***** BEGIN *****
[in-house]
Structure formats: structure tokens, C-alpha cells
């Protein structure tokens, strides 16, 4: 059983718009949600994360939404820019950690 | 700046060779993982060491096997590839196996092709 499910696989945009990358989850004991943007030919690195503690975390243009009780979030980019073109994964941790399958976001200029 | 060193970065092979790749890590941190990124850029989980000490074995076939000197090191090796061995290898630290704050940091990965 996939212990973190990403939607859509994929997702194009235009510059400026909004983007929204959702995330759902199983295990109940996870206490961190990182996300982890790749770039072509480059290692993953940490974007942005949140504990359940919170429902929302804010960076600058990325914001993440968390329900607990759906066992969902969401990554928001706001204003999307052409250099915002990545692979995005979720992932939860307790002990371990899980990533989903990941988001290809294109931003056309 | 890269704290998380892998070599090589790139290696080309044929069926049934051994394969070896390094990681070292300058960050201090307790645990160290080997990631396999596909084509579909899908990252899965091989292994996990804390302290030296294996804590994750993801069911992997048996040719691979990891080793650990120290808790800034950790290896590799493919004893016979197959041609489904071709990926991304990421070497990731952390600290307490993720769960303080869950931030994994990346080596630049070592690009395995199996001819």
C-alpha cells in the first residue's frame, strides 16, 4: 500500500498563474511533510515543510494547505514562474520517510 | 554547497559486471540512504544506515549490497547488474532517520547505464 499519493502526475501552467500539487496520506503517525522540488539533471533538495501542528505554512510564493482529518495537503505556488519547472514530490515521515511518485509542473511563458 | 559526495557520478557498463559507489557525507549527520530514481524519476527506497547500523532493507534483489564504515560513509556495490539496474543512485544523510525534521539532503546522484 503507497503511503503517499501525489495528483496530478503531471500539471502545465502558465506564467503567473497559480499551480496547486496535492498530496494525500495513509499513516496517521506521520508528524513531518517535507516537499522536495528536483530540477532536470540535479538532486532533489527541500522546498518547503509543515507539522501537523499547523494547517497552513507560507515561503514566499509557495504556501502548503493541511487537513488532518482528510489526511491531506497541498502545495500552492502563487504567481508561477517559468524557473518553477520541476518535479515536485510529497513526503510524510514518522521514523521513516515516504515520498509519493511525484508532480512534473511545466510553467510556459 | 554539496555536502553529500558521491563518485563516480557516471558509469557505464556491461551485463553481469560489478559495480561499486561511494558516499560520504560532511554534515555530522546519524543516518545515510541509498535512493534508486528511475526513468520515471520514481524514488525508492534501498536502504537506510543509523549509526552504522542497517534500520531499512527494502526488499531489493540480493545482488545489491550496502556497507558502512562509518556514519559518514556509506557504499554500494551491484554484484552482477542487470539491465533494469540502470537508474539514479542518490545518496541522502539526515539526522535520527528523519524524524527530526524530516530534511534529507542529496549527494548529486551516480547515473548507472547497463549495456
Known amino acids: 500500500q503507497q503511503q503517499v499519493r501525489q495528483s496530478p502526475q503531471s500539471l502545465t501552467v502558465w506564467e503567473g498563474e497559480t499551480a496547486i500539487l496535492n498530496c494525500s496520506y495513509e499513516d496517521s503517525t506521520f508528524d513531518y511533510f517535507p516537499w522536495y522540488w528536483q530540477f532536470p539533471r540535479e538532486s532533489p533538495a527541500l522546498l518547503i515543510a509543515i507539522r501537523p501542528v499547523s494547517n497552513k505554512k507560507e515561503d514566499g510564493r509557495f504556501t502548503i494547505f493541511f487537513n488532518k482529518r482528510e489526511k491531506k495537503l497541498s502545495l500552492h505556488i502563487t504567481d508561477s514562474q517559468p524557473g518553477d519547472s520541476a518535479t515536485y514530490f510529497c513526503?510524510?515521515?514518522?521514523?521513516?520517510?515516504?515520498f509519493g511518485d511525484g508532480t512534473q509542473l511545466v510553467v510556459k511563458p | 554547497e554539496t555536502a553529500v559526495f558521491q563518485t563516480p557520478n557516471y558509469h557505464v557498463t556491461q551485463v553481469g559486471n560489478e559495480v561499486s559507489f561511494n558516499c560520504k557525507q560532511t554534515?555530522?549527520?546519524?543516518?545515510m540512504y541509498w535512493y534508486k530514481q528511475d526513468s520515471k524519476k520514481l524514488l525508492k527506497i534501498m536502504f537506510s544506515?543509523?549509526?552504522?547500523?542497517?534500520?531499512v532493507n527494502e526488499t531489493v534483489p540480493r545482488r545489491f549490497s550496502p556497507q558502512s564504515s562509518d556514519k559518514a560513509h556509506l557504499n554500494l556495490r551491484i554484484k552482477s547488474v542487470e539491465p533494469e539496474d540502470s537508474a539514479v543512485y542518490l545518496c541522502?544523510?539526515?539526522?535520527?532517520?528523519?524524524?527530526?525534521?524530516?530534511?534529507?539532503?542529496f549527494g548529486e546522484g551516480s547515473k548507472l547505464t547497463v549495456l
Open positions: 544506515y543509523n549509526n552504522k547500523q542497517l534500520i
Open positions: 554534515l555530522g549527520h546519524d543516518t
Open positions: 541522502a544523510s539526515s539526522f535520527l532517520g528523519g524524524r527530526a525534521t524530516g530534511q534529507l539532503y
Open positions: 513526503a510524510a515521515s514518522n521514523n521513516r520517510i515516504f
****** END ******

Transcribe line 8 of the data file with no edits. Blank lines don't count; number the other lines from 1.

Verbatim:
Open positions: 541522502a544523510s539526515s539526522f535520527l532517520g528523519g524524524r527530526a525534521t524530516g530534511q534529507l539532503y